Beyond Baroque, beyond Art Nouveau: a tour in Prague along the path of Cubist architecture
Cubism arose in Paris at the turn of the 20th century and immediately revolutionized the approach that figurative arts had with realism, establishing itself mainly in the field of painting and sculpture. However, in Prague – a unique case in Europe – Cubism had quite original applications in the field of architecture and design.
In those years, the city was the fulcrum of the Czech renaissance. Formally, the nation was part of the Austro-Hungarian Empire, but a loosening of central power had allowed the country to rediscover their roots, and an extraordinary economic growth favoured the creative fervour that had led to a new push in art, literature and music.
Entire neighbourhoods in the Jewish Ghetto and in the New Town were being renovated, expanding, especially around Wenceslas Square, with new buildings built according to the prevailing style of the era, the “Secession Style” (a variant of Art Nouveau). However, in 1910 a group of Czech artists and architects who had frequent contacts with Paris, distanced themselves from this style while embracing the cubist aesthetic. The theoretician of the group was Pavel Janák. In his \article “Prism and Pyramid”, he outlined the foundations of Cubist architecture, which included geometrical structures, pointed corners, rhomboidal windows, and intersecting volumes creating prismatic shapes. The movement was to architecture what Cubism was to painting – not the frontal view and from a single point of view, as in the tradition, but rather the decomposition of the object according to multiple points of view.
If you are visiting the Czech capital, we suggest you start with the tour from the oldest of these buildings, the “House of the Black Madonna” built in 1911-1912 on a project designed by Josef Go?ar on Celetna street n.34 in the Old City. This is a tried and true architectural jewel with a prismatic facade and a cubist design. On the ground floor, there is the Grand Café Orient, which still preserves the original furnishings, with the counter and chandeliers designed by Go?ár himself. The upper floors house the Museum of Arts and Crafts which offers a wide selection of objects in the Cubist style. In fact, Czech Cubism had great vitality even in the field of applied arts.
In the New Town you will find Casa Diamant (Spálená street, 82/4), which was built the following year, a successful example of fusion between Cubism and Baroque. In fact, the entrance is flanked by a baroque statue incorporated in a cubist arch. It was designed by the architects Emil Králi?ek and Mat?j Blecha, who also built a cubist lamp post in the Jungmannovo square.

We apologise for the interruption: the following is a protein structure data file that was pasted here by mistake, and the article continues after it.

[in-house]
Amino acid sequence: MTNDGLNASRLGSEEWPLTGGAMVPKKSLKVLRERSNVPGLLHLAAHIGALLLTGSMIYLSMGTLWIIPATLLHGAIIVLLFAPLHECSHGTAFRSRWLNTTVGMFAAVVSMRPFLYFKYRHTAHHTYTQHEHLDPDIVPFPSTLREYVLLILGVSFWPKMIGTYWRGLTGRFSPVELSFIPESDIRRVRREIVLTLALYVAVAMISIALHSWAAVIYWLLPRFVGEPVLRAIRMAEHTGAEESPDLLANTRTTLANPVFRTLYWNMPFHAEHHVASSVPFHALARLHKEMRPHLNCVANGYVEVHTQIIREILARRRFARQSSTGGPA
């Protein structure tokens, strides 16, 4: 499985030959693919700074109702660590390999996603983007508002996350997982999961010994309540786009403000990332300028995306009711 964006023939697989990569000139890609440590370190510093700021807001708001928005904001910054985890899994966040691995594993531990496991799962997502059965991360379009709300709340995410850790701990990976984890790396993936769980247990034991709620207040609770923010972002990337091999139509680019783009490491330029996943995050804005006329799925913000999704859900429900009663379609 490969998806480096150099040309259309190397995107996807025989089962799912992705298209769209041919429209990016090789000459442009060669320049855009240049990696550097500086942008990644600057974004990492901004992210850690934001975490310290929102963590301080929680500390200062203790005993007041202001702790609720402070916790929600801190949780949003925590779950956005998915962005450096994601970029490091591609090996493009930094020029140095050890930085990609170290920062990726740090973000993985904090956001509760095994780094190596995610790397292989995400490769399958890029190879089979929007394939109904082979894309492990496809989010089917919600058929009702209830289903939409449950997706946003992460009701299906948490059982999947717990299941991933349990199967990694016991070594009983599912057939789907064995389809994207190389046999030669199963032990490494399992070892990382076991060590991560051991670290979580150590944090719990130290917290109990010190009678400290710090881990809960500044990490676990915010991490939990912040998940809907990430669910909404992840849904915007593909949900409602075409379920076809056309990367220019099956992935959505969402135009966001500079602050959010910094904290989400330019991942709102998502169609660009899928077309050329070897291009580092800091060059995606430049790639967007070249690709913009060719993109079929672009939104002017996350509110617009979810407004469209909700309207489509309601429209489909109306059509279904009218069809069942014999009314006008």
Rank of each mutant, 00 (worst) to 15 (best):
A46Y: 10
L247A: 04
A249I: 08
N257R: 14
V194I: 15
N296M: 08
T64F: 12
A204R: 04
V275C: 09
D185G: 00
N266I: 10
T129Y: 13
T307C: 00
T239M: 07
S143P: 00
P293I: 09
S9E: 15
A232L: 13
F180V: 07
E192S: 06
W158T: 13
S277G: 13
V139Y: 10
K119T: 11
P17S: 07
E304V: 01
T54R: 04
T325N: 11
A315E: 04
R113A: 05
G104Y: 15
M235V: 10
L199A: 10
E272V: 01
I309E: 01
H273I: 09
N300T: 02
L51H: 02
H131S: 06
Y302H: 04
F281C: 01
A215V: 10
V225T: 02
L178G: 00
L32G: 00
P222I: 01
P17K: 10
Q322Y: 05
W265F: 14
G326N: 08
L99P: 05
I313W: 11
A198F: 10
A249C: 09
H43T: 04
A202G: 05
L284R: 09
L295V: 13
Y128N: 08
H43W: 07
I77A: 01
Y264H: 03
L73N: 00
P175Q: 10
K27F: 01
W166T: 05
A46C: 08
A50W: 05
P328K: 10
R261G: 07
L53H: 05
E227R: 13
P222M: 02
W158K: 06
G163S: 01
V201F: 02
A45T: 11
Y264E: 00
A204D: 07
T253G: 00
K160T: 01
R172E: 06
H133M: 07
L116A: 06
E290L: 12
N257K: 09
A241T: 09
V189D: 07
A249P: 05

Then head to the Elišky Krásnohorské street (on the edge of the Jewish quarter), at n. 10 you’ll find the House of professors that Otakar Novotný built for university professors between 1919 and 1920. A facade offers true rigor with geometric lines that break up, creating three-dimensional structures. On the same street at no.7, you will find the Casa Rosa where the Telamons (male Atlases supporting architectural structures) reveal Cubist influences.
At the edge of the historical centre, in the Vyšehrad district, there are a number of buildings built in 1912-1913 by Josef Chochol as the Hodek Condominium (via Neklanova, 30) Three Cubist houses (Rašínovo náb?eží, 6-10) an interesting example of condo homes, and Villa Kova?ovicova (via Libušina, 3), a splendid single-family home. Have a good look at the cubist style of the outdoor railing – a similar one is found in the fountain that flanks the Church of Saint Nicholas next to the Old Town Hall.
In the 1920s, this unique architectural style underwent an evolution when, having obtained independence, nationalism raised its voice and pushed towards giving a strong patriotic connotation to the buildings. And so Rondocubism was born. Geometric lines were softened, corners were rounded, and circles and semicircles predominated, as in the Slavic tradition. The most interesting examples are Adria Palace (via Jungmannova, 31) by Pavel Janak and Josef Zasche, the Palace of the professors’ cooperative of Otakar Novotný (via Kamenicka, 35) Myšák Palace (via Vodi?kova, 1) or the former Bank of Legions (via Na Po?í?í, 24). Soon, however, this style would disappear, suffocated by a new generation of architects attracted by functionalism and the possibilities of new materials such as steel, glass and concrete.